Monday, 19 March 2012
Questions without Notice
Vocational Education and Training
Opposition senators interjecting—
As I have already announced, the question is to Senator Evans. Can the minister advise the Senate how the government's announced reforms to our vocational education and training system are necessary to meet the economic challenges faced by Australia?
I thank Senator Moore for the question. In this current economic environment Australia has an urgent need to lift skill levels and workforce participation. This will allow individual Australians the opportunity to participate in our economy and provide employers the skills they need to compete in a global economy. We know that the skills of our workforce are an important driver of productivity, so our future success depends on our skills. Skills Australia modelling shows that in the five years to 2015, Australia will need an additional 2.1 million workers with vocational education and training qualifications—that is, people in the workforce and people coming into the workforce.
But we need more people trained to a higher level, and today the Prime Minister outlined the government's proposal to take to the states at the COAG meeting in April to try and work with them to address the shortfall of skills in our economy. We put on the table $1.75 billion in extra funding over and above our normal commitment to try and get a national partnership that helps meet that skills shortfall and drive up the level of skills in our economy—drive up the skills that our people need to take up the high skilled work that is becoming more prevalent in the economy. We know that unskilled jobs are disappearing. If people do not have high skills they will not be able to access the jobs that are emerging in the economy. So we focus on an entitlement for everyone being able to train to certificate III level, which is a major driver of people's access to work. The Commonwealth will be supporting income-contingent loans—HECS style loans—to allow people to study at higher diploma and associate diploma levels. This is about driving skills in the economy and giving young Australians the opportunity to maximise their potential.
Mr President, I ask a supplementary question. Can the minister update the Senate on the key measures the government will pursue at COAG to provide all Australians with access to training and skills, and therefore a real opportunity to participate in economic prosperity?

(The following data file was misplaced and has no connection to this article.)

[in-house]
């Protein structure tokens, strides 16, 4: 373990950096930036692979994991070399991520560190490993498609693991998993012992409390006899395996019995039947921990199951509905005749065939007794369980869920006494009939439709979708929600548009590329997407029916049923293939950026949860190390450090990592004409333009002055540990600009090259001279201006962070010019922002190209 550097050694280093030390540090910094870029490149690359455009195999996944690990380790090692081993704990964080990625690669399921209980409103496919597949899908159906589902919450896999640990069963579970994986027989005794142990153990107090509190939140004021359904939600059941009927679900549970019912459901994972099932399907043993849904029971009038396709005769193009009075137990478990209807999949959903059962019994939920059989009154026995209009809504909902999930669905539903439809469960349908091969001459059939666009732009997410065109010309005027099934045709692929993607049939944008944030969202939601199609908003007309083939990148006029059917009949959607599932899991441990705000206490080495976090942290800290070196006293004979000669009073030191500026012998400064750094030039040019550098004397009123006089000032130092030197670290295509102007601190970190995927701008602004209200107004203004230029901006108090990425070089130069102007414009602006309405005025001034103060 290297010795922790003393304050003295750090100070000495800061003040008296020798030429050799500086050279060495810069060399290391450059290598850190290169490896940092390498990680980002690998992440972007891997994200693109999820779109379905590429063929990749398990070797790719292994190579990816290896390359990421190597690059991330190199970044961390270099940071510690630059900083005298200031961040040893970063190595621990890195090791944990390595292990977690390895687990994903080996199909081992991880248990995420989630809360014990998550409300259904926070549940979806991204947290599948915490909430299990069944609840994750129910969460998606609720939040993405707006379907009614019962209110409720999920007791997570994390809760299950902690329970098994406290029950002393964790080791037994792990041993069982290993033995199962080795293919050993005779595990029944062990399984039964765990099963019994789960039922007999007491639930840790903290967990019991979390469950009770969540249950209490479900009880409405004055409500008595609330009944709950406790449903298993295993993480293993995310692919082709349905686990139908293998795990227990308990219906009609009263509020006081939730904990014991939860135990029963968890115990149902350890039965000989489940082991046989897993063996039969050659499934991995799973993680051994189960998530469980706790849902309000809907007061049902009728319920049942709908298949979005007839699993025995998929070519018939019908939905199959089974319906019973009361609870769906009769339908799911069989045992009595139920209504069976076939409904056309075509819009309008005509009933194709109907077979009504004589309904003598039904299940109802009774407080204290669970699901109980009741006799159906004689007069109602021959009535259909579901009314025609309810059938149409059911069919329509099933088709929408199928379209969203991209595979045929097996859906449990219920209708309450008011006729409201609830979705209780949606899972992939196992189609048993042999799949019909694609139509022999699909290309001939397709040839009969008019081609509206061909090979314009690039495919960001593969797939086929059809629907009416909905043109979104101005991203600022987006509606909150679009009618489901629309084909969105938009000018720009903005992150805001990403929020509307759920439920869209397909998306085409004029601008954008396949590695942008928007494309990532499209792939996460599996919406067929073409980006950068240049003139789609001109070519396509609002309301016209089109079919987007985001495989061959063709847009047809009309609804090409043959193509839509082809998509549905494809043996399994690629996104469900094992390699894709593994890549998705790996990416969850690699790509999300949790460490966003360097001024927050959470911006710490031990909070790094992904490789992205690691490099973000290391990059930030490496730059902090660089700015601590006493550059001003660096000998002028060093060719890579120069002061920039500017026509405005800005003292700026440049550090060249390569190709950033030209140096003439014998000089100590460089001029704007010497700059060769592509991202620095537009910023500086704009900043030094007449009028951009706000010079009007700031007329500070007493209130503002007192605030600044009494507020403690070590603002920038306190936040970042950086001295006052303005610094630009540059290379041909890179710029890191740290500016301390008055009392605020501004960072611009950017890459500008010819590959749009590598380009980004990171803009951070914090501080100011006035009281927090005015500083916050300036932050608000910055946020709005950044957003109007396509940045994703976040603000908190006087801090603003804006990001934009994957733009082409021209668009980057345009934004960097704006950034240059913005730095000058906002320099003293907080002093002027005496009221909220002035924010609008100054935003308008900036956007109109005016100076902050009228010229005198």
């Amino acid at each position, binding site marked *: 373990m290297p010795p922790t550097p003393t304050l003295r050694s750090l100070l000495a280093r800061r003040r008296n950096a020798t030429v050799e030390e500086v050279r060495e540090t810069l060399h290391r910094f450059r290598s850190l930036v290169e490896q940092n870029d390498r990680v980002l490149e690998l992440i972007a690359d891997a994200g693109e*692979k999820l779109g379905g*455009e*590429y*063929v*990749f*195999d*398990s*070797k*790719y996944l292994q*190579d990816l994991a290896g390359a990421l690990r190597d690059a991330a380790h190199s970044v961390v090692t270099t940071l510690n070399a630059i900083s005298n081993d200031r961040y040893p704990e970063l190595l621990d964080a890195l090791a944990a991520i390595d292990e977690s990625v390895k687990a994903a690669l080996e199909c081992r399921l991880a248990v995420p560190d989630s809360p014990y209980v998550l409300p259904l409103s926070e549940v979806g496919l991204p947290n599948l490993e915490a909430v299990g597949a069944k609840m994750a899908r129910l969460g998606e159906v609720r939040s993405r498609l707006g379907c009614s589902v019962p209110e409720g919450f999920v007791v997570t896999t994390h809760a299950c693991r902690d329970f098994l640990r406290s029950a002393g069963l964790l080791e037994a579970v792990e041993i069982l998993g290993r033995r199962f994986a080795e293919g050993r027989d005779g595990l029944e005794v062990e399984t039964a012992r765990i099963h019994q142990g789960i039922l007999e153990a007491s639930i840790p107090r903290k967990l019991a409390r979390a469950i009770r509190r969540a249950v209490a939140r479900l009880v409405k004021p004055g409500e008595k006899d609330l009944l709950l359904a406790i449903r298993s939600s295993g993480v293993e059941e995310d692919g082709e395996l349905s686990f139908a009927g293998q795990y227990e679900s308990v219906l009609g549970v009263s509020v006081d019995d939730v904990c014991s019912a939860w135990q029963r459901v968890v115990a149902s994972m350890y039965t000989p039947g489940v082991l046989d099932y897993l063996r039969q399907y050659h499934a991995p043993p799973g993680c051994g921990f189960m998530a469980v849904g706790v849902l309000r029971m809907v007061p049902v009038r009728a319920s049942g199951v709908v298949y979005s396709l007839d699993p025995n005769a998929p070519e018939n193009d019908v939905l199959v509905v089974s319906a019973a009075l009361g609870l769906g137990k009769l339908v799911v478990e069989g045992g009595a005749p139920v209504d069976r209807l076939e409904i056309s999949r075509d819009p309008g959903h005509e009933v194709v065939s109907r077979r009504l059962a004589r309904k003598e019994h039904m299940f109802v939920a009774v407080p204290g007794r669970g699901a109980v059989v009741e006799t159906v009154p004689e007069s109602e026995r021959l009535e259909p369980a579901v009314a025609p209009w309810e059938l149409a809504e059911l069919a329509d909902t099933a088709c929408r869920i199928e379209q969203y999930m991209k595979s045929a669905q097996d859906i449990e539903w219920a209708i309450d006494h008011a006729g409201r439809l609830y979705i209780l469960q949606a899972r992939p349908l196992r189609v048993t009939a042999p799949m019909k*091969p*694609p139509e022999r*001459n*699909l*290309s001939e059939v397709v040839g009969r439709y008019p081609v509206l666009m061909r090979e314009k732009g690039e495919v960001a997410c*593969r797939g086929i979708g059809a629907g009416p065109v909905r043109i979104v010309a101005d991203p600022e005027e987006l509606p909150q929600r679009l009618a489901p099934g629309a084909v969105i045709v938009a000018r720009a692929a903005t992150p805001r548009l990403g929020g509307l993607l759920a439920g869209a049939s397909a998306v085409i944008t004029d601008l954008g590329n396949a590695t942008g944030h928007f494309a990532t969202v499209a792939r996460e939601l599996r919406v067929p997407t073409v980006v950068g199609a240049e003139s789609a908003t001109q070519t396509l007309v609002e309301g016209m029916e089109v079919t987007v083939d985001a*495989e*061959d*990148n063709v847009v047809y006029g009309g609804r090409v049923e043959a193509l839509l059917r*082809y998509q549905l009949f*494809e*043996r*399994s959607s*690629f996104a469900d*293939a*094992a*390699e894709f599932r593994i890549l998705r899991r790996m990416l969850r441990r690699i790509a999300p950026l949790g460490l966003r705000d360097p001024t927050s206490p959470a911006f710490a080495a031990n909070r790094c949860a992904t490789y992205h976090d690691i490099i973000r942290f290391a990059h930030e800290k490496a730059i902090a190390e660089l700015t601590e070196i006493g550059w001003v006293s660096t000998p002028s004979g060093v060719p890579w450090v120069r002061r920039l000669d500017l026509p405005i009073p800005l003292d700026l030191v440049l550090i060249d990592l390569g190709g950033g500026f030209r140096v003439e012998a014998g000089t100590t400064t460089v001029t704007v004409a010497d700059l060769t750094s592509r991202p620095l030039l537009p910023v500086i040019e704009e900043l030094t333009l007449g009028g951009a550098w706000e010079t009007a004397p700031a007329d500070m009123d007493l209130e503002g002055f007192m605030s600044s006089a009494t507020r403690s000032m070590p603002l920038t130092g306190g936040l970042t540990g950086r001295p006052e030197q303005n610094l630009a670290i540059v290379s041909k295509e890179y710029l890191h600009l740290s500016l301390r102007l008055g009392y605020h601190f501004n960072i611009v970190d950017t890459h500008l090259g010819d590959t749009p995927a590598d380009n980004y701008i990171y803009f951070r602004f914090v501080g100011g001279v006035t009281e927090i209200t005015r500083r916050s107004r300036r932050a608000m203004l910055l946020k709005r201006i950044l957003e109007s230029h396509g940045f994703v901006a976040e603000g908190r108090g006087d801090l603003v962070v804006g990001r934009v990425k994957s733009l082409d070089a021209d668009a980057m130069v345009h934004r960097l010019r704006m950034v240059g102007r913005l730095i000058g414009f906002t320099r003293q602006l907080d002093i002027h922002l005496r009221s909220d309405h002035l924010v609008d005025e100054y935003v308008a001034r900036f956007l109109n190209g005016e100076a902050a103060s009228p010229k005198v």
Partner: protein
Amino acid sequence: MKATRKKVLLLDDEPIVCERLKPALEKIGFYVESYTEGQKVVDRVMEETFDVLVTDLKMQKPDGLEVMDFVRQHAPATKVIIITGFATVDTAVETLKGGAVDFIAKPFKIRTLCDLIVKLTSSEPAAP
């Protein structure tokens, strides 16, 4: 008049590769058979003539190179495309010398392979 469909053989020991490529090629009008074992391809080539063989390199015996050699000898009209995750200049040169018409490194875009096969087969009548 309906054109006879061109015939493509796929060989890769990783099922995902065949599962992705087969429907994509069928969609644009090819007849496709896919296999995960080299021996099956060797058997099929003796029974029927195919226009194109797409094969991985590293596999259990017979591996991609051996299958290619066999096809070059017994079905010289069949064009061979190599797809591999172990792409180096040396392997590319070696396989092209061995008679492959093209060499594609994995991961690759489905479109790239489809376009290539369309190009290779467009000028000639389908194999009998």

As I said earlier, we are focused on income-contingent loans and the entitlement for all Australians to get a certificate III or higher qualification to try and drive up the skill level and meet the growing skill needs in the economy. But it is also about ensuring social equity. What we do know is that people who do not have higher skills earn less, are less likely to be in the workforce and have less life opportunities. What we know is that unskilled jobs are disappearing from the economy. People who do not have skills will be hard pressed to keep connected to employment and hard pressed to benefit from the economic growth that Australia is seeing. It is very much a question of social equity, as well as good economic sense, that we upskill Australians so that they can participate in the jobs of the future, because they are going to be increasingly high skilled jobs.
In a sense, this can be viewed as the third tranche of education reforms. This government did an awful lot in the last few years to drive reform of schooling through the My School website, through NAPLAN and through a national curriculum. We have also invested heavily in our universities to drive reform in universities and open them up to more students where, as a result, we have seen record increases in participation—150,000 more people at university studying, getting high graduate skills to allow them to go into the workforce as graduates. This is the third leg of those reforms. Making sure that our vocational education and training sector is also reformed produces quality outcomes for people and ensures that we have the trades and other technical skills in the economy. We value those skills, just like we value a university education, and this is about making sure that we have the best possible vocational education— (Time expired)